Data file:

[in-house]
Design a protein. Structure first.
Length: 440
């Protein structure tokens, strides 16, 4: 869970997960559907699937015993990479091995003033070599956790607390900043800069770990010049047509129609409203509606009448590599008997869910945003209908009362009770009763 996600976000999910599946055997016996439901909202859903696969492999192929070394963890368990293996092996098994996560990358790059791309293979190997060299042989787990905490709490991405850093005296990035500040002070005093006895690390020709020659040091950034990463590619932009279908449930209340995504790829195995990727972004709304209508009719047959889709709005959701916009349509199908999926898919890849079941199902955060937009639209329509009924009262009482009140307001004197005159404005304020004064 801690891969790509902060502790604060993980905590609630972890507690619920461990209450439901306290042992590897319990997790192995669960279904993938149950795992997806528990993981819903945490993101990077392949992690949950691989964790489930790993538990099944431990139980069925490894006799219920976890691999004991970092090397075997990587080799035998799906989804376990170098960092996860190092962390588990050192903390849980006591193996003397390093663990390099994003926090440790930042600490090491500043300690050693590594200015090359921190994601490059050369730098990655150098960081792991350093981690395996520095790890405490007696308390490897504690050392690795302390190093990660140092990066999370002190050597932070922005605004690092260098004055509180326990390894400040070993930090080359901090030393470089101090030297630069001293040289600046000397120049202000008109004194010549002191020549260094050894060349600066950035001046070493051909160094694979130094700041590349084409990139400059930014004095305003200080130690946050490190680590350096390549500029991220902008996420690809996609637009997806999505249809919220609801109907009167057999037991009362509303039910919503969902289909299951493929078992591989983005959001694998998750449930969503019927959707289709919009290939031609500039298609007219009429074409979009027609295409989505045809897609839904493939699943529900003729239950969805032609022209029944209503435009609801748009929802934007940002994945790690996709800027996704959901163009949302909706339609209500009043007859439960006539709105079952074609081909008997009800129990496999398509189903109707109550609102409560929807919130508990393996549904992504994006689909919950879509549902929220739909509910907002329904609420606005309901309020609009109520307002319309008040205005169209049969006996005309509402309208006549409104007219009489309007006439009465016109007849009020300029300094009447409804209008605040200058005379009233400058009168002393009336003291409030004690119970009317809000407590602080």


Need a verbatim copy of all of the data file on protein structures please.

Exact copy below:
[in-house]
Design a protein. Structure first.
Length: 440
């Protein structure tokens, strides 16, 4: 869970997960559907699937015993990479091995003033070599956790607390900043800069770990010049047509129609409203509606009448590599008997869910945003209908009362009770009763 996600976000999910599946055997016996439901909202859903696969492999192929070394963890368990293996092996098994996560990358790059791309293979190997060299042989787990905490709490991405850093005296990035500040002070005093006895690390020709020659040091950034990463590619932009279908449930209340995504790829195995990727972004709304209508009719047959889709709005959701916009349509199908999926898919890849079941199902955060937009639209329509009924009262009482009140307001004197005159404005304020004064 801690891969790509902060502790604060993980905590609630972890507690619920461990209450439901306290042992590897319990997790192995669960279904993938149950795992997806528990993981819903945490993101990077392949992690949950691989964790489930790993538990099944431990139980069925490894006799219920976890691999004991970092090397075997990587080799035998799906989804376990170098960092996860190092962390588990050192903390849980006591193996003397390093663990390099994003926090440790930042600490090491500043300690050693590594200015090359921190994601490059050369730098990655150098960081792991350093981690395996520095790890405490007696308390490897504690050392690795302390190093990660140092990066999370002190050597932070922005605004690092260098004055509180326990390894400040070993930090080359901090030393470089101090030297630069001293040289600046000397120049202000008109004194010549002191020549260094050894060349600066950035001046070493051909160094694979130094700041590349084409990139400059930014004095305003200080130690946050490190680590350096390549500029991220902008996420690809996609637009997806999505249809919220609801109907009167057999037991009362509303039910919503969902289909299951493929078992591989983005959001694998998750449930969503019927959707289709919009290939031609500039298609007219009429074409979009027609295409989505045809897609839904493939699943529900003729239950969805032609022209029944209503435009609801748009929802934007940002994945790690996709800027996704959901163009949302909706339609209500009043007859439960006539709105079952074609081909008997009800129990496999398509189903109707109550609102409560929807919130508990393996549904992504994006689909919950879509549902929220739909509910907002329904609420606005309901309020609009109520307002319309008040205005169209049969006996005309509402309208006549409104007219009489309007006439009465016109007849009020300029300094009447409804209008605040200058005379009233400058009168002393009336003291409030004690119970009317809000407590602080």